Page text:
Total Finance Charge

What Is Total Finance Charge?

A finance charge is the total amount of money a consumer pays for borrowing money. This can include credit on a car loan, a credit card, or a mortgage. Common finance charges include interest rates, origination fees, service fees, late fees, and so on. The total finance charge is typically associated with credit cards and consists of the unpaid balance and other fees that apply when you carry a balance on your credit card past the due date.

Key Takeaways

  • A finance charge is the cost of borrowing money and applies to various forms of credit, such as car loans, mortgages, and credit cards.
  • Common examples of finance charges include interest rates and late fees.
  • A total finance charge is typically associated with credit cards and represents all fees and purchases on a credit card statement.
  • A total finance charge may be calculated in slightly different ways depending on the credit card company.

How Total Finance Charge Works

At the end of each billing cycle on your credit card, if you do not pay the statement balance in full from the previous billing cycle's statement, you will be charged interest on the unpaid balance, as well as any late fees if they were incurred. Your finance charge on a credit card is based on your interest rate for the types of transactions you’re carrying a balance on. These include purchases, balance transfers, and cash advances, each of which might have a different interest rate, and therefore a different amount you owe in each of those categories. Your total finance charge gets added to all the purchases you make—and the grand total, plus any fees, is your monthly credit card bill.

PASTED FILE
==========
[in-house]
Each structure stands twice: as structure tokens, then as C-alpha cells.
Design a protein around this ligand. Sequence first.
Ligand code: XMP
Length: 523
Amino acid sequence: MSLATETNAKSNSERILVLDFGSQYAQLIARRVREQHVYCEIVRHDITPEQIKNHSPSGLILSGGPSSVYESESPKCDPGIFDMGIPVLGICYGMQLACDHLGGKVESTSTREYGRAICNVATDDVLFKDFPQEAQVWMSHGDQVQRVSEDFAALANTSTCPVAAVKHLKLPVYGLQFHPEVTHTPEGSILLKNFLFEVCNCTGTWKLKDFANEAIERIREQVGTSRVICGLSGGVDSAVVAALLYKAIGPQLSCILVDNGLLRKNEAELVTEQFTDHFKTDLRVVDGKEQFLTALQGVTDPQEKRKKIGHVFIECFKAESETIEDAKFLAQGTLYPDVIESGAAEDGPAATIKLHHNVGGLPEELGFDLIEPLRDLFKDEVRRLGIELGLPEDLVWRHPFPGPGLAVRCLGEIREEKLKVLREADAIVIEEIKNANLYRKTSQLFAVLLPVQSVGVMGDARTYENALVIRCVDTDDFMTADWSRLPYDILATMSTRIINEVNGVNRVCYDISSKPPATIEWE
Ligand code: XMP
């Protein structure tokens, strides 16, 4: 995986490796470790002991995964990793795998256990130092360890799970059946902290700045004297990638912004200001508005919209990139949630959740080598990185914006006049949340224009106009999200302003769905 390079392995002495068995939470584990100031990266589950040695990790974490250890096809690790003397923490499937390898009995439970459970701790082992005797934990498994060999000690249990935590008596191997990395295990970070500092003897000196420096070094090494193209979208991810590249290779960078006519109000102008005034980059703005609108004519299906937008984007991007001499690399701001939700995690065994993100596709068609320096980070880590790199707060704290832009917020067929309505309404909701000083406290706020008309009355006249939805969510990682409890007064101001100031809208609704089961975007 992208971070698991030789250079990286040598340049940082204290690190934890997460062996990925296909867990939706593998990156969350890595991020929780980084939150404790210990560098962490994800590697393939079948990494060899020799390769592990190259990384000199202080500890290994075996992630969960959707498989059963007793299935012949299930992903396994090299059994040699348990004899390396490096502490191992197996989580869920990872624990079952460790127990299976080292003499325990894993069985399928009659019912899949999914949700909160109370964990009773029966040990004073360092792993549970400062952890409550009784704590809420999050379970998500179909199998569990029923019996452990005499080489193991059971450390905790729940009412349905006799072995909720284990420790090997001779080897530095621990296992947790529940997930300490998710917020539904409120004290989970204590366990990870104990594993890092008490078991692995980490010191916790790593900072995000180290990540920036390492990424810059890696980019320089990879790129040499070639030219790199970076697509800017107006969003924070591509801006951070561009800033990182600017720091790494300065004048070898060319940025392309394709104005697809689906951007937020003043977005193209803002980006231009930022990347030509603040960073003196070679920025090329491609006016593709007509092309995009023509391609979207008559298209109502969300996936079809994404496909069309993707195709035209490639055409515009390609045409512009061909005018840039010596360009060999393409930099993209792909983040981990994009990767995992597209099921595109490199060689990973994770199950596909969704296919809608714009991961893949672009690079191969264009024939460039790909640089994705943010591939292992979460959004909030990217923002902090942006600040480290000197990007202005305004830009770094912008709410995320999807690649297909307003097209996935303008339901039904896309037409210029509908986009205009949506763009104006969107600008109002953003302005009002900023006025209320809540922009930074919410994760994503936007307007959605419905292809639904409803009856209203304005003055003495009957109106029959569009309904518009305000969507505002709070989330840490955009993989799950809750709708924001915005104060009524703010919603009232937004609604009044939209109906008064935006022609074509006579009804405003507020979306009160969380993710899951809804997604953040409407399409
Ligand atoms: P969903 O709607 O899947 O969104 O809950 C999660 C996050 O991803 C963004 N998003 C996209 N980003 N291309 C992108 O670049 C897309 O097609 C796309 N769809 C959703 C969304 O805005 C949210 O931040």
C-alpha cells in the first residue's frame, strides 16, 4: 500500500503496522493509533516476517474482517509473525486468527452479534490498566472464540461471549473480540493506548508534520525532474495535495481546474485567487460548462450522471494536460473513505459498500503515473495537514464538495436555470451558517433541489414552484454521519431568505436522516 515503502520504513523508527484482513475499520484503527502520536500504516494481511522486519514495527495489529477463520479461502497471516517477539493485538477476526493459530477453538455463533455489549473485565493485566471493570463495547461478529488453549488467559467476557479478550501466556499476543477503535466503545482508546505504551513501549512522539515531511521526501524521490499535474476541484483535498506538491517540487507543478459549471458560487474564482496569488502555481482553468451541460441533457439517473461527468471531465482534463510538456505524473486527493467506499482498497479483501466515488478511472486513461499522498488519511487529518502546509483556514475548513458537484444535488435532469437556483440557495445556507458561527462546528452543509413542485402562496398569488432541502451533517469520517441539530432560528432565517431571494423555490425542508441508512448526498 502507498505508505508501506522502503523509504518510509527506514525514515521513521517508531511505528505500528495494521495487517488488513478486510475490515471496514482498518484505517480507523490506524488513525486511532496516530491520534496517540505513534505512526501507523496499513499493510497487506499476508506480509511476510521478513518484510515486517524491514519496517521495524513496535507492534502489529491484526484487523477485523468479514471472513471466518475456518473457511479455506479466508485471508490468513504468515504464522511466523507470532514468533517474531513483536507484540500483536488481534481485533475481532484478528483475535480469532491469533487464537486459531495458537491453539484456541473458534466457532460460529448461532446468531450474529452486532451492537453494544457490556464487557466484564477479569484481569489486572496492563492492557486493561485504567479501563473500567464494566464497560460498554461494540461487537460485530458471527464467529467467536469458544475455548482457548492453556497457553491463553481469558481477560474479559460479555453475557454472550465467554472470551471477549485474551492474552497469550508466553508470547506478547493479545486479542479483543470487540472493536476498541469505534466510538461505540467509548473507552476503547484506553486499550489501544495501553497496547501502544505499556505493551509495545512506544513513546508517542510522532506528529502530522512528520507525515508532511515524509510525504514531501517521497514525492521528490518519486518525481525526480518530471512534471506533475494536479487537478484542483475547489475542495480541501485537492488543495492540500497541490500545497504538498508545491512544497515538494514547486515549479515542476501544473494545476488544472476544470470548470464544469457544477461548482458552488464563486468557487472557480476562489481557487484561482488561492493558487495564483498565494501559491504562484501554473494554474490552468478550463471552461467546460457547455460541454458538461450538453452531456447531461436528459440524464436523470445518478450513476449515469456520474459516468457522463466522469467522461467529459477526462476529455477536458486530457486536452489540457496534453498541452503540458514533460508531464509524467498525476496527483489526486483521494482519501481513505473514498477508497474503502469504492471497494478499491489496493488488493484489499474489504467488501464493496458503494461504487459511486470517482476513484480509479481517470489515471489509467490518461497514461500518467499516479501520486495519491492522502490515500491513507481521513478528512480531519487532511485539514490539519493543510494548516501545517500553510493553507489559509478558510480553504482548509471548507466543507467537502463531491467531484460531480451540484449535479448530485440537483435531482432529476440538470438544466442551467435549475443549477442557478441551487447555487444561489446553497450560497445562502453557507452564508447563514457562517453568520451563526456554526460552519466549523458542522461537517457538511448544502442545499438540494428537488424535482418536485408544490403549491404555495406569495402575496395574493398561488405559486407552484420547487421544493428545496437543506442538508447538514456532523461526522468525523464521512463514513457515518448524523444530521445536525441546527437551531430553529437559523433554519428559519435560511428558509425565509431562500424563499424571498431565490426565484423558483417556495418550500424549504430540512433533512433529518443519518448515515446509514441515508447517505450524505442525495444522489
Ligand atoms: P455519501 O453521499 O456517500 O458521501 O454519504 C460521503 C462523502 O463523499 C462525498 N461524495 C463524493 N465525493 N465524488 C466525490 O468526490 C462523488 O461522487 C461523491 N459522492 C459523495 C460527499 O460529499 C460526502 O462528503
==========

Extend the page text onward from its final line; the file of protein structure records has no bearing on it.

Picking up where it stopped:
Credit card companies calculate finance charges in different ways that many consumers may find confusing. A common method is the average daily balance method, which is calculated as (average daily balance × annual percentage rate × number of days in the billing cycle) ÷ 365.

To calculate your average daily balance, you need to look at your credit card statement and see what your balance was at the end of each day. (If your credit card statement doesn’t show what your balance was at the end of each day, you’ll have to calculate those amounts as well.) Add these numbers, then divide by the number of days in your billing cycle.

The hardest thing to figure out is what your average daily balance was during the billing cycle.

Example of Total Finance Charge

Wondering how to calculate a finance charge? To provide an oversimplified example, suppose your daily balances were as follows in a five-day billing cycle, and all your transactions are purchases:

Day 1: $1,000

Day 2: $1,050

Day 3: $1,100

Day 4: $1,125

Day 5: $1,200

Total: $5,475

Divide this total by 5 to get your average daily balance of $1,095.

The next step in calculating your total finance charge is to check your credit card statement for your interest rate on purchases. Let’s say your purchase APR is 19.99%, which we’ll round to 20% (or 0.20) for simplicity’s sake. Now you have all the inputs you need to do the calculation.

($1,095 × 0.20 × 5) ÷ 365 = $3 = Total finance charge

Your total finance charge to borrow an average of $1,095 for 5 days is $3. That doesn’t sound so bad, but if you carried a similar balance for the entire year, you’d pay about $219 in interest (20% of $1,095). That’s a high cost to borrow a small amount of money.

On your credit card statement, the total finance charge may be listed as “interest charge” or “finance charge.” The average daily balance is just one of the calculation methods used. There are others, such as the adjusted balance, the daily balance, the double billing balance, the ending balance, and the previous balance. You can avoid paying high finance charges if you know what method is used and pay your credit card bill in a way that minimizes or eliminates these charges.

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